MT: The first year following my accident was incredibly challenging. I had to come to terms with my new physical limitations and adjust to living in a body that was different from the one I had before. Without a prosthetic leg, I was dependent on the help of my loved ones, which was difficult to accept and made me feel guilty. Despite these challenges, I was determined to finish my studies, and one of my closest friends helped me by pushing me around in a wheelchair every day. I also underwent two surgeries in France for my brachial plexus and dedicated a significant amount of time to rehabilitation. I had to sell my beloved bike to a friend as it seemed impossible for me to ride it again. However, I wanted to stay active and found alternative ways to do so, such as using a rowing machine and learning to swim with only one leg and one arm. A year later, I finished my education in medical school and finally received my prosthetic leg. The process of learning to walk again was harder than I anticipated, but eventually, I was able to make progress. I began a residency in radiology and gradually became more independent. I felt like I was getting my life back, but biking was still something I couldn’t do. It took me over five years to be able to ride a bike again. During that time, I put in a lot of effort to prepare myself mentally and physically. I spent time rowing and cycling on a stationary bike and often found myself watching a Rudimental music video with tears in my eyes as I imagined myself riding a bike again. One day, my friend Marek contacted me and told me he had purchased an e-bike and was confident that, with some modifications, I would be able to ride it. I quickly asked him if he was sure and then went to the bike shop and bought my first electric bike. While we had ideas for modifications, the challenge was that we couldn’t find any information online about mountain biking with similar disabilities. So there was no one to turn to for guidance. I had my entire leg amputated in a procedure called hip disarticulation. This means that I no longer have a thigh on one side, and it makes it difficult for me to hold the seat with my legs. Additionally, I also have complete paralysis in my left arm, making it even more challenging. I knew that having a custom-made seat was crucial for my success, but I had limited ideas on how to create it. One day, I came across Doug Henry on Instagram. Doug is a three-time AMA motocross champion who sustained a spinal cord injury. Despite his paralysis, he is still able to ride motocross and downhill using a special bucket-style seat that keeps him from falling off the bike. I reached out to Doug, and he was kind enough to provide me with a lot of useful information on seat design. He suggested using a go-kart seat, so I ordered a few different options online. We ultimately chose the best one and modified it to fit my needs. The process of learning to ride again was difficult. During my first year, I needed a lot of help from my mountain biking friends because I didn’t have enough balance to start pedaling. But with every ride, I improved, and by the next season, I was able to ride alone without fear of getting stuck in the woods.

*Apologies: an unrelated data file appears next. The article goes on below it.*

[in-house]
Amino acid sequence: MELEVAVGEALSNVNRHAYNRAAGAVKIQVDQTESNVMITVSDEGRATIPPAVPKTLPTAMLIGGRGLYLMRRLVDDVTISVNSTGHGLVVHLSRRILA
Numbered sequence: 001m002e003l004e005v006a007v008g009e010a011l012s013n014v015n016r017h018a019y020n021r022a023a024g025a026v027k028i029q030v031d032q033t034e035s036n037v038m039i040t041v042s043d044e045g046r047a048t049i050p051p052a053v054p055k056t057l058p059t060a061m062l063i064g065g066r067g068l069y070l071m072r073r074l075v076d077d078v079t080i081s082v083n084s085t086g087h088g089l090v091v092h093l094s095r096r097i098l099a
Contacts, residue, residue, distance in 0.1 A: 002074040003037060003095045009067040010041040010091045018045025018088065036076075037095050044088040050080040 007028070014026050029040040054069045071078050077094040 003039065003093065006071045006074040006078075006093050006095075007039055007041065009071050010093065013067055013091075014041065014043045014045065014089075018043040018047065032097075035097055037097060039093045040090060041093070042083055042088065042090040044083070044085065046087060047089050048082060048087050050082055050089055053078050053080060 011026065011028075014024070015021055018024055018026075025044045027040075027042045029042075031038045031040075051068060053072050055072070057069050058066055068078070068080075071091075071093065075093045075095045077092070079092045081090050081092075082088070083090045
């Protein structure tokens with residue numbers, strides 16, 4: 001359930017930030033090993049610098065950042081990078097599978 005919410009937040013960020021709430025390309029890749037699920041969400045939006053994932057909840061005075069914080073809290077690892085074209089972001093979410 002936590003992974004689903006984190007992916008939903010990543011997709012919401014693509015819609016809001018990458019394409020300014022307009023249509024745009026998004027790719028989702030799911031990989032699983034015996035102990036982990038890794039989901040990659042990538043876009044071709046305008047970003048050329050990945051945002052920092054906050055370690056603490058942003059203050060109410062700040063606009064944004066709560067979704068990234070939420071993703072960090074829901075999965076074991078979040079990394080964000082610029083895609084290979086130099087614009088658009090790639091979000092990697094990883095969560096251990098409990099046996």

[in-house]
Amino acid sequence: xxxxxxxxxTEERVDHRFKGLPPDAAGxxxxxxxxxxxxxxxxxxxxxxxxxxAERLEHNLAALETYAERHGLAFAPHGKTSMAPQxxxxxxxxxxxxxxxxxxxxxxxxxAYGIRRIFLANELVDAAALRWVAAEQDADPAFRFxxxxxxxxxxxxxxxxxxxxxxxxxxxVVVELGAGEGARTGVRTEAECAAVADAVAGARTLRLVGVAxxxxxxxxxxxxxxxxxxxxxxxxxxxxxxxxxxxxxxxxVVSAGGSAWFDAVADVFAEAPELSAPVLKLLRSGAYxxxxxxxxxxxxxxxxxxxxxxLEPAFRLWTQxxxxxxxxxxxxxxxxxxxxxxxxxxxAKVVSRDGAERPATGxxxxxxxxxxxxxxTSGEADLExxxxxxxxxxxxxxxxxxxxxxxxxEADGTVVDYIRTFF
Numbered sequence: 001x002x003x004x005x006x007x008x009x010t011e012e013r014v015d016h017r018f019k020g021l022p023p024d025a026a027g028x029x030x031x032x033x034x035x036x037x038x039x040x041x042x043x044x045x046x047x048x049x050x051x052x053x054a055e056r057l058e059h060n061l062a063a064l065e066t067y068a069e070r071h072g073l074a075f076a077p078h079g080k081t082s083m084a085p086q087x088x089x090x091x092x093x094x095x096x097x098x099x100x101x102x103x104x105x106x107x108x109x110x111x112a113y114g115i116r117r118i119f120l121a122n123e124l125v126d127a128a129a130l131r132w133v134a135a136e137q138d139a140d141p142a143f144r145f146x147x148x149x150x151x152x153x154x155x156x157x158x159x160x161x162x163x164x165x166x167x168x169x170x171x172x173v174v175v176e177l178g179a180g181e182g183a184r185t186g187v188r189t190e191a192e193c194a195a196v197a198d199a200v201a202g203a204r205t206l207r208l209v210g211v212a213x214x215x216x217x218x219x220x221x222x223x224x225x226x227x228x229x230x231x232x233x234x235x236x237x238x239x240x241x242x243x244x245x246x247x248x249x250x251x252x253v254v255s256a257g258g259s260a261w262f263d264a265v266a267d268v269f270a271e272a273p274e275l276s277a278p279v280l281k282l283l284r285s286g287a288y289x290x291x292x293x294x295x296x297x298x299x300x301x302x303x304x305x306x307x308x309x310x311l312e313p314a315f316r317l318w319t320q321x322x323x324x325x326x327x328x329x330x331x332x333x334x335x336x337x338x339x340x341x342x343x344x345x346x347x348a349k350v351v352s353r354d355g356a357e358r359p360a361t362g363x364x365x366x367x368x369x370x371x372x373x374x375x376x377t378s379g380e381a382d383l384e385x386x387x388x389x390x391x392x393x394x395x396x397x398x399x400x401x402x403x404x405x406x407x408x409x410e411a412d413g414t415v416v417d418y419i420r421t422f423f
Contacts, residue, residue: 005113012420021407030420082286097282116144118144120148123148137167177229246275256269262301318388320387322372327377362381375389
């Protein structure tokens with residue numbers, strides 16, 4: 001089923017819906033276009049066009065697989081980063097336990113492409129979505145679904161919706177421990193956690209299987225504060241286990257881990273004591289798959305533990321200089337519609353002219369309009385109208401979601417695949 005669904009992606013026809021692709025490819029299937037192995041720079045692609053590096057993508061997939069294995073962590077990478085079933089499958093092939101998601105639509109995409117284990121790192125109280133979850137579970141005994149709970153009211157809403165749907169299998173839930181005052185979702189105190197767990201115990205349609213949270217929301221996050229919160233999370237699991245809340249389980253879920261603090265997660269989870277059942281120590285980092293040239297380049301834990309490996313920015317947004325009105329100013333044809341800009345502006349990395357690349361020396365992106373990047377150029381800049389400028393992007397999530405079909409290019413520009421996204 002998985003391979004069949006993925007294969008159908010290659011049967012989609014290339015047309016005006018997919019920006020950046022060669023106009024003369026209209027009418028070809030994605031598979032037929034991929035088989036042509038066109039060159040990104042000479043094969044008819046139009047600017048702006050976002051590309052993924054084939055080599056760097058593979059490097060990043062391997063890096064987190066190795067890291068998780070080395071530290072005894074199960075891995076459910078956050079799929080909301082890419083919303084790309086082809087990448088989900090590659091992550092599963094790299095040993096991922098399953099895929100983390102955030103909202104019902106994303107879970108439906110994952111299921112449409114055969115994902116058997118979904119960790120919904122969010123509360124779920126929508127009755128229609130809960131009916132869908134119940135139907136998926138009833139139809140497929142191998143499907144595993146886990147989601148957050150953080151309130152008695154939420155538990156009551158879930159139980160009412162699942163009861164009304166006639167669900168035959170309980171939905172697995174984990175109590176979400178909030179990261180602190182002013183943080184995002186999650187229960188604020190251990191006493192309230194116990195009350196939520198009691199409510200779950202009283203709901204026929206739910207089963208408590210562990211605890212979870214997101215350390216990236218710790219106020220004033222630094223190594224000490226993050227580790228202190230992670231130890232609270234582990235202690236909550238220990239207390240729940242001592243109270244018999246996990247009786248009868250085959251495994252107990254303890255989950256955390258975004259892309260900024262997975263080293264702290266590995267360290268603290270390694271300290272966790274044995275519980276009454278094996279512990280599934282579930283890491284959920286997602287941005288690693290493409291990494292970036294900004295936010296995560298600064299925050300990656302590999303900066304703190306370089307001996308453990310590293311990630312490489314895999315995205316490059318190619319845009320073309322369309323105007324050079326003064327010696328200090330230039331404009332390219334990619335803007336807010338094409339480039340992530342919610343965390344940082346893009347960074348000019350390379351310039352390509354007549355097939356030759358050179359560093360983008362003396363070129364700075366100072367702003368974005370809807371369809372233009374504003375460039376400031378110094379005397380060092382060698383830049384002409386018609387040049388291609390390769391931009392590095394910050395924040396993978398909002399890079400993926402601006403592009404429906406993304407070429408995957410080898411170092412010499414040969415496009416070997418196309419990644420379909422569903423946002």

CB: I imagine building the bike wasn’t straightforward. What other things had to be overcome with the bike?
MT: My bike has undergone a few modifications, one of which is the addition of a steering damper. This device is particularly useful when riding with one hand, as it helps to steady the handlebars on rough terrain. Many riders who have faced similar challenges have referred to it as a “game changer.” I personally attest to its effectiveness – on the first day I installed it, I couldn’t believe how well it worked and even rode into rough parts of a trail on purpose to test it out. Another improvement I made on my bike is the installation of dual-lever brakes manufactured by Hope. Previously, I was using standard Shimano brakes but found it challenging to have them both on one side, which resulted in having to rely solely on my rear brake. Stopping a 25 kg ebike with only the rear brake can be quite challenging and often results in a less than a smooth ride. However, installing the Hope dual-lever brake significantly improved the safety and smoothness of my ride. I also opted for a 130mm short crank from Miranda on my bike. As a single-leg mountain biker, one of the challenges I face is hitting rocks and roots with my pedal when riding in the standing position. This occurs because the pedal I stand on is always in the bottom position, which can be quite dangerous. To mitigate this, I decided to try a shorter crank, which has proved to be an effective solution. Last but not least, I would like to mention the pedal I use. Due to my condition, I need to ride with a clipless pedal, otherwise, I would not be able to pedal effectively. Interestingly, before my accident, I used to ride with platform pedals and had no experience with clipless pedals. I must admit I was initially intimidated by the idea of using them. So, I started out by experimenting with neodymium magnet pedals, as they were easier to clip out in case I needed to quickly put my foot down for support. However, in the long run, this solution proved to be ineffective. Currently, I am using Crankbrothers Mallet E LS pedals with Mallet E shoe that comes with the BOA system. This combination has proven to be a great choice for me. I am amazed by how effortless it is to clip in, even when the conditions are pretty muddy. Additionally, the BOA system is very convenient for one-handed use.